Runner Lisa Campbell models the Original Buff

Runner Lisa Campbell models the Original Buff

On test: Original Buff/Polar Buff

I must admit, that when I was first handed a circular piece of light, patterned material known as a Buff, and asked to ‘try it out’ I was a bit bemused as to where to start.

It is certainly the first, and only, accessory I have ever owned which requires a 10-minute DVD demonstration before you have a clue how to wear it – or progress from an Indian-chief style band-around-my-forehead look.

But from starting out with a rather giddy attitude towards my new fashion toy, I soon realised that the strip of material was actually a bit of a miracle-worker.

We get all sorts of weather on this island, and the Buff is surprisingly adaptable in most conditions. In harsh wind while exposed on a mountainside for example, it can be worn as a shield around the mouth and nose. When the sun is beating down on the beach after a dip in the sea, it can magically become a trendy and protective sun cap.

And if the weather suddenly changes after you have already decided upon your Buff-look for the day, the headwear is designed to move lucidly from one style to another, without the fuss and faff or getting out a pocket mirror to check it’s on the right way or not back to front or inside out.

Even if the weather stays constant, it is not to say body temperature will, as those used to hillwalking or fellrunning will be aware. As you heat up or cool down, a Buff is also handy as a neckerchief to add extra warmth, or as something to mop up sweat from a brow, when it would usually drip straight into your eye.

Caught in a rather unladylike situation, I found my Buff a lifesaver during a race with no tissues and an increasingly runny nose. The dilemma was, continue the run looking like I’ve eaten a vindaloo or use the Buff to take all visible symptoms away. It was an easy choice.

And for those who would feel too bigheaded to go around boasting to the world ‘I ran the Three Peaks!’ a Buff can also be a prideful badge of honour, as many can be bought with race signature on it, too.

For my last adventure with the Buff, a chef friend of mine had suggested he could use one in the kitchen, complying with hygiene regulations about hair-exposure and maybe even attracting more waitresses than he does wearing a net.

So, with this in mind, I got out my dinner party cookbooks, and although enough of a sweat wasn’t worked up to warrant wearing one, I did get some compliments on my rather ‘bohemian’ outfit for the evening.

Bob Smith adds:

The Polar Buff: dont try this in the bank

The Polar Buff: don't try this in the bank

Let me make it clear: unlike my colleague Ms Campbell, I’m not a runner. The clang of the last-orders bell is the only thing that gets me up to anything like a trot. But I do spend a lot of time plodding up big hills at the lower end of Tranter’s impossibly complicated variations to Mr Naismith’s simple rule.

So my task was to test the heavy-duty version of the Buff: the Polar Buff which, in addition to the standard bit, has a Polartec fleece section at the bottom. It comes into its own during the colder winter months, when extra warmth is called for.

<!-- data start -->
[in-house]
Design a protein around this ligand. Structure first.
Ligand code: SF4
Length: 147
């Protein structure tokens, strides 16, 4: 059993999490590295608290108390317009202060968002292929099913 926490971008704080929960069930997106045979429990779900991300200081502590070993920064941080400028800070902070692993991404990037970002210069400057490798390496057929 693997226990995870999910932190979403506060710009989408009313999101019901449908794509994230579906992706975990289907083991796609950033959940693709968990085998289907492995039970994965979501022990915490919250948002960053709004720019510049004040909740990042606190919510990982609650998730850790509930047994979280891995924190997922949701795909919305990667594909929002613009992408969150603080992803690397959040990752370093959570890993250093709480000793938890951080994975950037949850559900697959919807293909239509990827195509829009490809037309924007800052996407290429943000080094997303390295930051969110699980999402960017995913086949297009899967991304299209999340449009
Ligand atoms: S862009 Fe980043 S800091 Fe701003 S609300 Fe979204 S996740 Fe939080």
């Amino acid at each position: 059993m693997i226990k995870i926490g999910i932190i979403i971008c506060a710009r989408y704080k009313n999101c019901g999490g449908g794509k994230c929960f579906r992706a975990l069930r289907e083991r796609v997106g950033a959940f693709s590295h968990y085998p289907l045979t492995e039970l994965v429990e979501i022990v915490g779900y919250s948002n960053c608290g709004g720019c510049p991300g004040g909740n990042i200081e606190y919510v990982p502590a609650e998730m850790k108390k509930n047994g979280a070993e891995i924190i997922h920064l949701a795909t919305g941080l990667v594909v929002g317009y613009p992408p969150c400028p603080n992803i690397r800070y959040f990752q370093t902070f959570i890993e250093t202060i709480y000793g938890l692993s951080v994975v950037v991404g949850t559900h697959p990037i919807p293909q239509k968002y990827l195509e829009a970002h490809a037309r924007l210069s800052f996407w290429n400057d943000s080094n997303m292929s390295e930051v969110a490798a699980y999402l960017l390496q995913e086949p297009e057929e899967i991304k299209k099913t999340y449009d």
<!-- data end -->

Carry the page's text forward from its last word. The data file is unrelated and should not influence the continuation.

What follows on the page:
For a simple piece of relatively cheap kit, it is, as Lisa intimated, very versatile. So versatile that it has an instruction DVD to refer to.

I found myself making sure it was in my rucksack every time I hit the winter hills. It’s very light, takes up hardly any space, and has insinuated itself into the ‘must’ list of contents of my pack.

Mostly, I found simply using it as a sort of scarf for much of the time. It keeps the cold and wind from the neck area. In fact, there were times when, even in the arctic conditions of some serious windchill, I found myself overheating in the neck area as I tackled a steep ascent.

That said, it came into its own in cold, windy conditions. Not only does it protect the neck, but it can be pulled up to cover the mouth and nose and keep off the worst of a biting mountain wind. I often used it in combination with my trusty fleece hat to keep my ears warm too.

Where it doesn’t score so well is in wet conditions. The Buff quickly becomes sodden and, though it will squeeze out like all microfibre and fleece, it is certainly not water resistant.

Having said that, it does retain body heat, even when wet, so I still found myself using it even in typical torrential fell conditions.

You do find yourself wondering what other passing walkers think of this man who looks like one of Jesse James’s gang, just the eyes peering out above the bank-robber mask. Best to drop it back down to your neck before you pop into the Clydesdale in Fort William to make a quick withdrawal.

The Polar Buff does function quite well as a hat too, as long as you can remember the instructions, and for fashion victims it can be turned into a bandana.

All in all, a useful piece of gear to have with you.

Unusually for most outdoor clothing, the Buff is made not in the Far East, but in Igualada, near Barcelona.

The Original Buff sells for £13.00 and the Polar Buff costs £23.00.

The Buffs were supplied free of charge to grough by Buffera Ltd for testing.